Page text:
EPS: Primalon Ballroom…
EARL WATKINS: We had, well, that was Lower Fillmore, that was going down toward the American Theater and the that was going, that was near, yes, near Eddy and Turk. But I’m (STUTTER) not quite there yet. I’m going by here on Post Street, at Fillmore between Post and Geary but he had the Long Bar, and the Fillmore. Going back to Post Street, going up Post Street. You had the club, now these are clubs that are opened up after the war, when the war started in various areas of the ‘40’s, early ‘40’s, late ‘40’s, early ‘50’s, etc. Alabam was here. Across the street, Louis Landry took this lot and built a club he called it the New Orleans Swing Club. He was from New Orleans, and he built this himself. He was the, he had that skill. And he got all the licenses, and he opened it up and he opened up, he had Kid Ory in there. And there was a period even when he had Louis Armstrong and his band. And when at that time, that was in the very late ‘40’s or 1949. and in that band he had Father Heinz, Cozy Cole, Jack I’m not sure whether Jack Teagarden was with him at that time, but Louis, of course, the clarinet is, could have been. Well, anyhow… The now the reason I know that the members of the band 'cos at that time I was working on Bush Street near Powell at the Say When club. And these two gorgeous girls came in, colored girls. I mean, gorgeous, dressed to the nine’s, you know, with the hairstyles, I mean, dressed to the nine’s. they sat at the bar, so we’re on the bandstand playing, so naturally at intermission we sort of sidled up to them. And they introduced themselves. Well, I’m Mrs. Heinz and this is Mrs. Cole. Our husbands are playing with Louis, and of course the names didn't matter. So naturally we afforded them every courtesy. So that they were protected.
EPS: Was that downtown by Union Square?
EARL WATKINS: Well, yeah, above Union Square.
EPS: Lower Nobb Hill?
EARL WATKINS: Yeah. The Club Hangover was, see that was your 900 block, and the Club Hangover where I later played with Father Heinz for 5 years, that was on Bush Street and 700 block, and that was a strictly Dixieland house. The Say When club, it was a mixed house. You had Harry the Hipster there, you had Slim Gailliard to appear there, Charlie Parker, Billie Holliday. Connie Jordan and the Five Knights of Rhythm, that’s the group I played with. And Chet Baker. Oh it was, it was a real cross section. And there was this postage stamp sized place that was just jammed. And everybody would come there.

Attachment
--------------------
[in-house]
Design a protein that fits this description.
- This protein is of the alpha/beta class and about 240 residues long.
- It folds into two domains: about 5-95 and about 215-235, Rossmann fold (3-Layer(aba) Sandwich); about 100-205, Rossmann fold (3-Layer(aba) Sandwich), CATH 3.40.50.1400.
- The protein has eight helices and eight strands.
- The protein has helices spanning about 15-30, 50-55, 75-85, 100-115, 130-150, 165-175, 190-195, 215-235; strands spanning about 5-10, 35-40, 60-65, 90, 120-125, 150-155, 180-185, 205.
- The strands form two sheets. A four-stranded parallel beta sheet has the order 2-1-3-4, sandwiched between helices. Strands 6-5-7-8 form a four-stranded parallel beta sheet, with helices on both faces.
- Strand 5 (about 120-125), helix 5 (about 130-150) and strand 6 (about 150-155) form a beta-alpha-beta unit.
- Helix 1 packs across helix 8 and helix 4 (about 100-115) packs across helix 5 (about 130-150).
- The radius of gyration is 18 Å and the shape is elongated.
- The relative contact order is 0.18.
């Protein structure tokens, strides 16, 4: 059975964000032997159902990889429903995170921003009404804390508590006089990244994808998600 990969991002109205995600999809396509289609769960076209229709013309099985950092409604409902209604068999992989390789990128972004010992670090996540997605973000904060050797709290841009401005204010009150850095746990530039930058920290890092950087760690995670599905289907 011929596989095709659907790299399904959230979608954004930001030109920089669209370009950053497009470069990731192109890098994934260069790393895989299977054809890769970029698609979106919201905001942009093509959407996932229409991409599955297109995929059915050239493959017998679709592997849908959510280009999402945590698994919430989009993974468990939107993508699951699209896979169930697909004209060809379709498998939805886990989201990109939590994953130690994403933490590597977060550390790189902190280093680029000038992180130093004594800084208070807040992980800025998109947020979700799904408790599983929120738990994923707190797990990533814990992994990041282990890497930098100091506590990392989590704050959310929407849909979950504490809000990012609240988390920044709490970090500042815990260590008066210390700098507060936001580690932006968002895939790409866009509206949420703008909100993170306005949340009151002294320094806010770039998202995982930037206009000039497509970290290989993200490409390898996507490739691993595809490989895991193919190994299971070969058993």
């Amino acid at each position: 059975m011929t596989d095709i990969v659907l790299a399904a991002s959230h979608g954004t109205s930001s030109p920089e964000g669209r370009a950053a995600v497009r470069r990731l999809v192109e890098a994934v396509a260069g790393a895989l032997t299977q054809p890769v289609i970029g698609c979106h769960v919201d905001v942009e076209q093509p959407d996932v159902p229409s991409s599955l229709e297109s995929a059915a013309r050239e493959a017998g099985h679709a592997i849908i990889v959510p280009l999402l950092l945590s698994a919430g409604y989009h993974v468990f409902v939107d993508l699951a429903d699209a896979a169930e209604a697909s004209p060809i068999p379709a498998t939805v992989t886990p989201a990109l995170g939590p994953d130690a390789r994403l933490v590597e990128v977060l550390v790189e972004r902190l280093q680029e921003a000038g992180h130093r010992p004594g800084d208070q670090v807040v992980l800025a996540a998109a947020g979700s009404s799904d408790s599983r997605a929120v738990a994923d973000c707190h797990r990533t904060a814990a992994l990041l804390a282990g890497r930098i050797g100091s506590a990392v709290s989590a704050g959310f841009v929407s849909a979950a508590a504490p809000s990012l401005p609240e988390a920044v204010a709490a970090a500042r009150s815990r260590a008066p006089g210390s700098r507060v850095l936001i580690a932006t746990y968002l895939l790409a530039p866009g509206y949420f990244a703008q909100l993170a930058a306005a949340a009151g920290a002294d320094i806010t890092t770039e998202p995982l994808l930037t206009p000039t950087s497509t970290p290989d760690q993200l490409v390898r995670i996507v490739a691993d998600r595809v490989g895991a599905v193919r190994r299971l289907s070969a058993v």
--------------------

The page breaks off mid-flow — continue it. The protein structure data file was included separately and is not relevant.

One night we looked up and here’s the whole jazz at the Philharmonics standing at the doorway. And then another time, we were playing away and we looked in the audience. There was Dagwood (LAUGHS) Arthur Lake. And he got up and did a little comedy, a little short, brief little skit. We introduced him. Another time we’re playing away and we looked down at the front table. It was Hoagie Carmichael. And he sat in with us, and he did a couple of his tunes, you know? And then another time oh, who the heck else? Well, it was that kind of a spot. But that was white-owned, but they had colored entertainment. They brought Edgar Hayes was the featured there, the Tranier Twins, Gordon and Cliff Tranier. They brought one night I was playing there and they brought in a group from Chicago. It turned out to be Nat King Cole’s older brother, Eddie Cole, you see? And now the, there’s one Cole brother left. As a matter of fact he appeared at Yoshi’s --Freddie Cole. And when he appeared at Yoshi’s, I mentioned to him that I had played on the same bandstand opposite his brother. And oh, he was just enthralled to know that someone you know, at this state because that’s in 1950. and here we are, 50 years later (LAUGHS). But earlier.
EPS: How did you get involved in music? How did you start your musical career?
EARL WATKINS: Well, my mother played piano. She was a classically trained. And she in those days every household had a piano. You know, big upright against the wall. It was just a, it was a part of the furniture. And she had, she played you know, read the music and then played by ear. And then when the family would entertain, why, my mother would play. My dad played the ukulele and he sang. He would sing, “I’m waiting for ships that never come in…” and then in those days, then you’d sing the first chorus, then you’d do the recitation. And then you’d say, “and my ship, what is that on the horizon? Is that my ship? That looks like my ship. And then the ship would go by.” And then he’d say, “my ship, it, it didn't stop,” you know, I’m paraphrasing. And he’d go back into the last 8 bars. “I’m waiting for ships.”